At D-Day Ceremonies, Thinking of One Veteran Who Wouldn’t Return


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I found myself getting emotional these past few weeks, covering the D-Day commemorations and celebrations in Normandy.

I kept thinking of Jim Bennett.

Jim was my husband’s grandfather. In the family, he was known as a Renaissance man — an investment adviser who preferred to build boats, cook doughnuts over a wood stove and grow giant zucchinis. He was also a World War II veteran with the Canadian artillery who landed on what would become known as Juno Beach on June 6, 1944.

He was in charge of some 100 men, operating tanks whose treads left marks on the sidewalks of Courseulles-sur-Mer still visible in places today.

After the Normandy landings, he spent weeks bogged down in fighting in Caen — a city so pounded by bombs, molten lead dripped from buildings. He didn’t like to talk about the war. One of the few stories he told was of V-E Day. He found himself by a barn, and took a horse out for a ride along the beach to remind himself there was life.

He never went back to Normandy. He said his visit in 1944 was hell, and he had no need to repeat it.

I wish he had. I think he might have found it healing. He certainly would have been overwhelmed by the reception waiting for him.

As a New York Times correspondent based in Paris, I spent about a week in Normandy to cover the 80th anniversary of June 6, 1944 — when 156,000 Allied soldiers landed on the Nazi-occupied beaches and surrounding countryside, and then moved inland. It proved a critical turning point in the war.

Among my stops was the tarmac on the little Deauville airport, where Delta Air Lines was scheduled to land, bringing 58 American veterans. On June 3, it felt a bit like a fairground: There was an honor guard, an army band playing swing tunes from the 1930s and a local re-enactment group dressed in authentic World War II uniforms. As we waited, I wandered the crowd, doing interviews. Every French person I talked to broke into tears — partly because the moment stirred their own family stories of the war, but also from sheer gratitude.

Christelle Marie, a teacher at a nearby primary school who had brought her class, wept while telling me about growing up near Juno Beach. She often saw older men pacing the shoreline, searching for the exact spot where they had come ashore and witnessed a comrade die, she said.

The enormity of their pain and loss had been imprinted on her. “The duty to remember is so important,” she said, weeping. “It’s an honor to be here.”

At 47, she was born decades after the war.

I wondered how Jim would have processed her words. Would it have removed a small bit of his pain?

In all the little towns and villages, the sense of adoration for the 200 or so returning World War II veterans bordered on mania. It was like they were aging rock stars, come to give concerts.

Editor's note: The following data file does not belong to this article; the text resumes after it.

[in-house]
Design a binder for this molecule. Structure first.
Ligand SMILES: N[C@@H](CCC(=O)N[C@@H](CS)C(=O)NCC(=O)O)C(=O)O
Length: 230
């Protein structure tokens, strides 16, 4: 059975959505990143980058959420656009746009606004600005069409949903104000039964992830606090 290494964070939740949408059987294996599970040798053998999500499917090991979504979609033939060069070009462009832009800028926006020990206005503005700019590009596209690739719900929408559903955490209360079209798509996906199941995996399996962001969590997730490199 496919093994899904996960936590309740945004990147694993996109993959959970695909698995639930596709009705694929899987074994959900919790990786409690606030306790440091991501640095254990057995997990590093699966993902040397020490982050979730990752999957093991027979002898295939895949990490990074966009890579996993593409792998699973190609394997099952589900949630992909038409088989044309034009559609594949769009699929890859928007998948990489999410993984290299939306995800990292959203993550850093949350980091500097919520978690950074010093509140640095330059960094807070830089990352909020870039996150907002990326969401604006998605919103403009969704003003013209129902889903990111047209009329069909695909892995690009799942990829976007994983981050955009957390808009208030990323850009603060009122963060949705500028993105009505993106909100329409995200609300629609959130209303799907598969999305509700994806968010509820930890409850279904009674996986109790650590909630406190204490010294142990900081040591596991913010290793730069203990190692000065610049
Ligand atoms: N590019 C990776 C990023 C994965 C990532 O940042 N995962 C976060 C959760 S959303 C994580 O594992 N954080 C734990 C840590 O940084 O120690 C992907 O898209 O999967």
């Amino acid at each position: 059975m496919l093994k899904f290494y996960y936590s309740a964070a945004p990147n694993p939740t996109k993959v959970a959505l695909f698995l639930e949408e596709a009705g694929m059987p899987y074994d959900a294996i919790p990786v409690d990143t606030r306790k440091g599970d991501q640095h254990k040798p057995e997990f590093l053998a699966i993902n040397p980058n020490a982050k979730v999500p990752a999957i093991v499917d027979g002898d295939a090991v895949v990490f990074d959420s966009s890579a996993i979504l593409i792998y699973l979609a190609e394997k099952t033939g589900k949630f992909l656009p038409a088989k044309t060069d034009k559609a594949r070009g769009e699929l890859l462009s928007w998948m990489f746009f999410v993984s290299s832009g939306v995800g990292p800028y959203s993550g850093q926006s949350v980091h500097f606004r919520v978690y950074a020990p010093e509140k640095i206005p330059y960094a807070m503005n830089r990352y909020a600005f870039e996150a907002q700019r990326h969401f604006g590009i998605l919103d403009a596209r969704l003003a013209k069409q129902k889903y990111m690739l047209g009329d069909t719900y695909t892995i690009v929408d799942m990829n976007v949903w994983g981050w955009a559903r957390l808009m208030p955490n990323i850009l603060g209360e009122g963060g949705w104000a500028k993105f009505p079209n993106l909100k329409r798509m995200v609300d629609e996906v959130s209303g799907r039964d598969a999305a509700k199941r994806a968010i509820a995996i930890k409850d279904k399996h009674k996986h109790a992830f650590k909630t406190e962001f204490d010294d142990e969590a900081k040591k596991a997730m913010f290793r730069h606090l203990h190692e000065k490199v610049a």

I had just finished writing a story about the little town of Ste.-Mère-Église, and its relationship with American paratroopers, when I saw a veterans’ parade on its packed schedule. I drove back there to see it, and found a parking spot in a far-off farm field. From the distance, the small central square looked like a thronging ant hive. It was packed shoulder-to-shoulder with thousands of people.

When I later asked Jim O’Brien, 99, what the experience of the crowd was like, he responded: “Overwhelming. I’d like to do that every day.”

But Henry Kolinek Jr., 98, told me it was too much for him. “I’m a shy guy,” said Mr. Kolinek, who goes by H.J., and who flew 37 missions over France, Belgium and Germany as a tail gunner in a bomber. This was his first time in Normandy since the war.

I thought again about Jim. I wondered how he would have reacted to all the love and gratitude. One Thanksgiving dinner, I was asking him about the war, when his wife asked what we were discussing in such a conspiratorial way, our heads together. “Catherine was just asking me about sex,” he responded, sparking uproarious laughter.

I don’t think he’d have taken well to all that attention for what he did during a war he worked so hard to forget. But maybe the experience could have offered a balm.

Jim died in 2009. He was 90.

On June 6, I went to the ceremony set inside the American Cemetery in Colleville-sur-Mer, to hear President Biden’s remarks. The sun was bright and full. The graves of 9,388 soldiers dotted the grass, row after row, around us. One veteran said when he looked at them, he saw his former comrades waving to him.

The veterans, of course, were the stars of the event. Many wore heavy-knit scarves around their necks and blankets over their shoulders. It was clear that for many, this would be their last time here in Normandy. Their average age is 100.

President Emmanuel Macron of France awarded 11 of those present the Legion of Honor — the country’s highest award.

Each man struggled to stand for the moment. After pinning the large medal with a large red ribbon on each veteran’s chest, Mr. Macron gripped them by the shoulders tightly, and then leaned down to give each “la bise” — two kisses, one for each cheek.

I wasn’t the only one in the press area crying.

Everyone in the crowd wanted to kiss them, too.



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